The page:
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  1. #1
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    Highter heart rate, same time

    A month ago I completed a local climb in 54'04", and averaged 172-174 bpm. I then took some time off the bike due to a nasty fall; and yesterdad, did the same climb in 54'13", and averaged 176 bpm. The increase in time means fitness loss, but does an increase in average HR good or bad? I think it also means fitness loss, but maybe it's because i was slightly overtrained before. IDK really, any help?

  2. #2
    Disgruntled Peccary
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    heartrate varies greatly based on a lot of factors... even something as simple as fatigue or dehydration will account for an increased heartrate.. even a 10% increase wouldn't be abnormal as far as I know. You've increased by 2 bpm, that's a .98% increase.
    mike

  3. #3
    It's about showing up.
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    Not a significant difference

    from a statistical perspective.

    Looks to me like you did very well.

  4. #4
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    As stated, a number of things could affect your speed and heart rate beyond your general fitness level and it is also never a constant. If you have a trainer where conditions can be much more closely controlled something to do would be to test your self for an hour steady zone 2/ aerobic riding and see what your heart rate does (J. Friel's coupling/decoupling test). Keep that info and in a month or two try the same exercise at the same speed and see what your heart rate does then. A good sign of fitness would be for your heart rate to not go up significantly during the second half of the ride, and certainly less than the first time you recorded the exercise....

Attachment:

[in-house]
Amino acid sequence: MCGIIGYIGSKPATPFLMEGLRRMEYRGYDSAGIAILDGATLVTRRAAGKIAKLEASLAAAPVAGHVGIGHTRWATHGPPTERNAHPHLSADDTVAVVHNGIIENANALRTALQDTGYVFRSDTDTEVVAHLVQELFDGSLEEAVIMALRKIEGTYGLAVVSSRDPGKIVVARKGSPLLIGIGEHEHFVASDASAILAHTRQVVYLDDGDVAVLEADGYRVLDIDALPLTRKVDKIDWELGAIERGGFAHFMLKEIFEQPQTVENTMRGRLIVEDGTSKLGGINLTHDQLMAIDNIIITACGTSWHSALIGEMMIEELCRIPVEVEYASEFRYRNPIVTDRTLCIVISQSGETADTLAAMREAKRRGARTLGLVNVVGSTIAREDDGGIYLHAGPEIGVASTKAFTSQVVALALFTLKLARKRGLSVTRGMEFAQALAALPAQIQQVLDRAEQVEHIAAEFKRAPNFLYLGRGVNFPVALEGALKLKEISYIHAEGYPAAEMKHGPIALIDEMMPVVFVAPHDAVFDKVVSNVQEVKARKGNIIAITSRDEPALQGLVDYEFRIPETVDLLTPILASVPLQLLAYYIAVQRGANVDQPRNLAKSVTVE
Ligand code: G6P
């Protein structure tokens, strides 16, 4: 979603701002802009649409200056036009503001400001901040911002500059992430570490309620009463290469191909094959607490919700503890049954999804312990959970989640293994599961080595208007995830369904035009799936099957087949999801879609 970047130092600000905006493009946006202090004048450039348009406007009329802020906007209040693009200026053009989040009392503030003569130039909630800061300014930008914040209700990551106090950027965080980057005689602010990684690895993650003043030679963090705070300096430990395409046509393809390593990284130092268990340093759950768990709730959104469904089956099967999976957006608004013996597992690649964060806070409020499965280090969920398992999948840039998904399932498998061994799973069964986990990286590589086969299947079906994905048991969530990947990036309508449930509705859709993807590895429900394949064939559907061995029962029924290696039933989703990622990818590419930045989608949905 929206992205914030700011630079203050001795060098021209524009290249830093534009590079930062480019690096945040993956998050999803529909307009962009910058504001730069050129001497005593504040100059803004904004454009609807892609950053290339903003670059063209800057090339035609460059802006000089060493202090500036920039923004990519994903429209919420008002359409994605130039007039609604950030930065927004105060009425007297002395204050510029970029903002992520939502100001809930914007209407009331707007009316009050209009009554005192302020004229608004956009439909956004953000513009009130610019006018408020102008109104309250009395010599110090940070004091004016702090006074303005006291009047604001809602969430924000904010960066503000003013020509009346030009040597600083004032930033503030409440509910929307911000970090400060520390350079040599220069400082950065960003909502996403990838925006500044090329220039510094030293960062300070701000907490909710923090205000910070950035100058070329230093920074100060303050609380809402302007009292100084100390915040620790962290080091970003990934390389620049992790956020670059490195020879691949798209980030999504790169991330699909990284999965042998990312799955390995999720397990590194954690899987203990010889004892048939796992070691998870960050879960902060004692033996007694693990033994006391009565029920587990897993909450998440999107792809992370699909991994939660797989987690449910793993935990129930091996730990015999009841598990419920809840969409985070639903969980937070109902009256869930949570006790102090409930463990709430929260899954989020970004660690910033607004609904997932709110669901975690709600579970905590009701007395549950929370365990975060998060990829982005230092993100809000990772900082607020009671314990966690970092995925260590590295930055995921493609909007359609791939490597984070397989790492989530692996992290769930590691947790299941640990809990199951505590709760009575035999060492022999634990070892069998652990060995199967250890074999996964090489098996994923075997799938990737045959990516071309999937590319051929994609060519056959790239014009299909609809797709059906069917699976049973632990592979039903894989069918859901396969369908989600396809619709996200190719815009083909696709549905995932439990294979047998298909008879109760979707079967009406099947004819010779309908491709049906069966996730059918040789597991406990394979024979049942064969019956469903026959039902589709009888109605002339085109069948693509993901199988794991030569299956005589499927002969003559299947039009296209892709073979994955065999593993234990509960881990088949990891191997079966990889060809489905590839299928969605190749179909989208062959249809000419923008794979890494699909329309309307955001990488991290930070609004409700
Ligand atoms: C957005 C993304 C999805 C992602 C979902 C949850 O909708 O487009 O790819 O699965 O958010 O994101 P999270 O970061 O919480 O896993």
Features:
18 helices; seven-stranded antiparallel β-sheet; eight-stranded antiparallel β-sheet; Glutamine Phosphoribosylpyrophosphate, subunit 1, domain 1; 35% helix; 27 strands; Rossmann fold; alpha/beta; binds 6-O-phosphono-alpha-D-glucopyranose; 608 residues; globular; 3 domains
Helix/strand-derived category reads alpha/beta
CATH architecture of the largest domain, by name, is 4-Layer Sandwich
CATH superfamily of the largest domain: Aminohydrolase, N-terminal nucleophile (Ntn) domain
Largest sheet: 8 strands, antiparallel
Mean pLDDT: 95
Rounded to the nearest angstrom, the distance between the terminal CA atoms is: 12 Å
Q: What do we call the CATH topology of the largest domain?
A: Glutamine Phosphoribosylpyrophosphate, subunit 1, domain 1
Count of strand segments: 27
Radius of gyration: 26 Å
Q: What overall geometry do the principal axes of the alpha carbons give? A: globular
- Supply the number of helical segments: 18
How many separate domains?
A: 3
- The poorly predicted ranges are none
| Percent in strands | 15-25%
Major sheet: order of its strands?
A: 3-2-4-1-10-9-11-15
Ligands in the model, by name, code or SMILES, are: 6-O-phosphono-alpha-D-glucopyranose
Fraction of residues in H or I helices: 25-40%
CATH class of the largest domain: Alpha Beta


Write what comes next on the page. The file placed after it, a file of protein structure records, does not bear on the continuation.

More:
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  5. #5
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    As everyone's said, heart rate can and does vary by a substantial amount due to several factors. This is why a lot of people are switching to training by power instead - if you're putting out X number of watts, you're putting out X number of watts, regardless of any other factors. This is an extremely helpful absolute benchmark to train by. The downside is that it's fairly expensive to get started with power meters.
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  6. #6
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    Quote Originally Posted by Gotta Know
    A month ago I completed a local climb in 54'04", and averaged 172-174 bpm. I then took some time off the bike due to a nasty fall; and yesterdad, did the same climb in 54'13", and averaged 176 bpm. The increase in time means fitness loss, but does an increase in average HR good or bad? I think it also means fitness loss, but maybe it's because i was slightly overtrained before. IDK really, any help?

    Probably forgot to pump up your tires.

  7. #7
    gunslinger
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    Quote Originally Posted by Gotta Know
    The increase in time means fitness loss, but does an increase in average HR good or bad? I think it also means fitness loss, but maybe it's because i was slightly overtrained before. IDK really, any help?
    As others have said, heart rate can vary on many factors. The fact that you came out of the box only .28% (28/100s) "slower" (time) tells me the time off helped you and that you must be in good shape. Your emotions thru wanting to NOT loose time could have easily bumped your max, but IMO 2bpm isn't a factor.

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